But Lillian does have a rags-to-riches story. On a fateful afternoon, Lillian is hit by an ice cream cart. With her father gone and her mother in a sanitarium, Lillian is taken in by the guilt-ridden ice cream man and his large Italian family, the Dinello’s. Lillian watches and helps as the Dinello’s family business grows from a few horse-drawn carts to a storefront ice cream parlor. Gillman provides a good amount of ice cream science, which I particularly enjoyed. In the horse-drawn cart days, the Dinello’s would prepare their Italian ice mixture in the kitchen by using rock salt and a crank. Having a permanent ice cream parlor meant that the Dinello’s could get a continuous-batch freezer: “In the decade before my family and I arrived in America, a man named Burr Walker, oddly enough – Burr, darlings, could you make this up? – invented a ‘circulating brine freezer.’ Instead of employing ice and rock salt, this curious contraption froze ingredients inside a cylinder encased in brine, cooled with an ammonia compressor…you could pour the ingredients in the top, start the motor, and have it all come out as ice cream at the bottom…”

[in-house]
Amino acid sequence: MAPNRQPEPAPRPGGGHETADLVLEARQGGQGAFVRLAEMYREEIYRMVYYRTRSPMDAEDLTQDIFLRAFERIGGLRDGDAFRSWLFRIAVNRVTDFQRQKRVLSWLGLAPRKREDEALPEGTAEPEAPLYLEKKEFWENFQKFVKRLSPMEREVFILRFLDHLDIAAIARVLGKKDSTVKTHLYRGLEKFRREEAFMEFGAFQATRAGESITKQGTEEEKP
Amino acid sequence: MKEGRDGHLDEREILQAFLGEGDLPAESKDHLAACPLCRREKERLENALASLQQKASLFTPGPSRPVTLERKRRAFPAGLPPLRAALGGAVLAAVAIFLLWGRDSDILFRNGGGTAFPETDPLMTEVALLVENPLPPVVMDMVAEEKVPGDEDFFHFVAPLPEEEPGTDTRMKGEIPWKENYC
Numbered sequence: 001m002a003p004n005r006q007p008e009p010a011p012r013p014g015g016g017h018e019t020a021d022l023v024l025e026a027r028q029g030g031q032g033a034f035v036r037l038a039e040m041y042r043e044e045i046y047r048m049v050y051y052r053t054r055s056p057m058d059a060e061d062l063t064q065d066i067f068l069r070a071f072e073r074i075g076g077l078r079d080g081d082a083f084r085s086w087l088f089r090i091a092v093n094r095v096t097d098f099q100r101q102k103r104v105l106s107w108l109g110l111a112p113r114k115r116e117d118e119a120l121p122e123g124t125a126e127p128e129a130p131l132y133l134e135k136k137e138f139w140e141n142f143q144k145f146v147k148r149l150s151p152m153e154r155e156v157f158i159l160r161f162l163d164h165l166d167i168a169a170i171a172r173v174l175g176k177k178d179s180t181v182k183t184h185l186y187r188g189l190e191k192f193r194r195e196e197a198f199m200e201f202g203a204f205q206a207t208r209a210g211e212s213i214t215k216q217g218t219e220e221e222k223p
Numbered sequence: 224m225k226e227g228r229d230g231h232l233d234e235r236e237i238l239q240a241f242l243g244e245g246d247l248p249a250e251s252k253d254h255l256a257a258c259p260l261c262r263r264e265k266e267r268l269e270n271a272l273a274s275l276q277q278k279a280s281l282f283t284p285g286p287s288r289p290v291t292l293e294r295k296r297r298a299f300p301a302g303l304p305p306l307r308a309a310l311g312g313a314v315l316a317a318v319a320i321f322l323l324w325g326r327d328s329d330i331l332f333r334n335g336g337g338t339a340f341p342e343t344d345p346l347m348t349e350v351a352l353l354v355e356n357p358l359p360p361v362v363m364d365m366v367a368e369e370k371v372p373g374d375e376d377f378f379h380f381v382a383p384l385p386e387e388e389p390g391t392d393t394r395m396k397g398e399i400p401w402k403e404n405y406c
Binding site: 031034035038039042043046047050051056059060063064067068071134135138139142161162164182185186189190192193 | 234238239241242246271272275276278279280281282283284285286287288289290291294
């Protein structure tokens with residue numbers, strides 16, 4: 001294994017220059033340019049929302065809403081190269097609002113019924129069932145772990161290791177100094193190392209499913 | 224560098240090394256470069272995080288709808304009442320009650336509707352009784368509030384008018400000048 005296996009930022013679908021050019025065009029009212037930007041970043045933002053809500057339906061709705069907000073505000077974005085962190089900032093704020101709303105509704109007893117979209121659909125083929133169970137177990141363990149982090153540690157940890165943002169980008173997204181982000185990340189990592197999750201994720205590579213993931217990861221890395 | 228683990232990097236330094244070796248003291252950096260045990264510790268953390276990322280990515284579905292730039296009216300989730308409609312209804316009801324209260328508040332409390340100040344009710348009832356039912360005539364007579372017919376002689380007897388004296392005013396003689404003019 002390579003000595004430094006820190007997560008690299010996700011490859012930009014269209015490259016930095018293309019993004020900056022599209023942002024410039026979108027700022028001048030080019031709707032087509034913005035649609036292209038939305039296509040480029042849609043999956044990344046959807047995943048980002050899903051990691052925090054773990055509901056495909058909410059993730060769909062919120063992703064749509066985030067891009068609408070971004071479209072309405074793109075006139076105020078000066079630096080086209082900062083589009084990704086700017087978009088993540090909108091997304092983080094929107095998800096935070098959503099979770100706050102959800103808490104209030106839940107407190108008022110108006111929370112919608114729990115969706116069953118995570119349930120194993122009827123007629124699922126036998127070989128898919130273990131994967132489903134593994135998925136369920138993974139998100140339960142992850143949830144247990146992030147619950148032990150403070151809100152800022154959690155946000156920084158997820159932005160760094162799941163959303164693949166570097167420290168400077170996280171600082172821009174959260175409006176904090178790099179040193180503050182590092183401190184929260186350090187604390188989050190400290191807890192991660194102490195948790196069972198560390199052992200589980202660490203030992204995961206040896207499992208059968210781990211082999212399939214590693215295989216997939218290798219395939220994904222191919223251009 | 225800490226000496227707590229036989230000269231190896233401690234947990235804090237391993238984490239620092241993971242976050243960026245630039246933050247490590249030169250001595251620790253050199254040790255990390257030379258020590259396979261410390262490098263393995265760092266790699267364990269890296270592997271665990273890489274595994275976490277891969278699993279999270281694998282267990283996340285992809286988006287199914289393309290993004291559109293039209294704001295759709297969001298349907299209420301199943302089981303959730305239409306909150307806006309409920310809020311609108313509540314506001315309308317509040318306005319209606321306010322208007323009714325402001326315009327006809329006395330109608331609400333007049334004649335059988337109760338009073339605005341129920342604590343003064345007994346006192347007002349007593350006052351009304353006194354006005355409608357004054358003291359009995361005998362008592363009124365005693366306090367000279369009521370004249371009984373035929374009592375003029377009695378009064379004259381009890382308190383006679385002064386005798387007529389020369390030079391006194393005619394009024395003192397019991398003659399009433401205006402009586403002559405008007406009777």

Lillian and some of the Dinello boys, like many on the Lower East Side in the early 1900’s, find their way to some “community organizing” – that is, socialist/Communist types of meetings. But Lillian, her no-nonsense streak strong from the beginning, admits: “What little I knew about Communism I did not care for at all…and the idea that the Dinellos could build their little ice cream factory into a great success only to have it taken over by ‘the proletariat’? This was repellant to me. I dreamed of being rich myself one day…Certainly nobody I knew had immigrated here to share. Nobody I knew was hoping to hand over the fruits of their labors to every goddamn nudnik in the tenement. Besides, Communism had been invented by Russians. Those drunken, murderous Russians who had beaten my grandfather to death in his own kitchen.”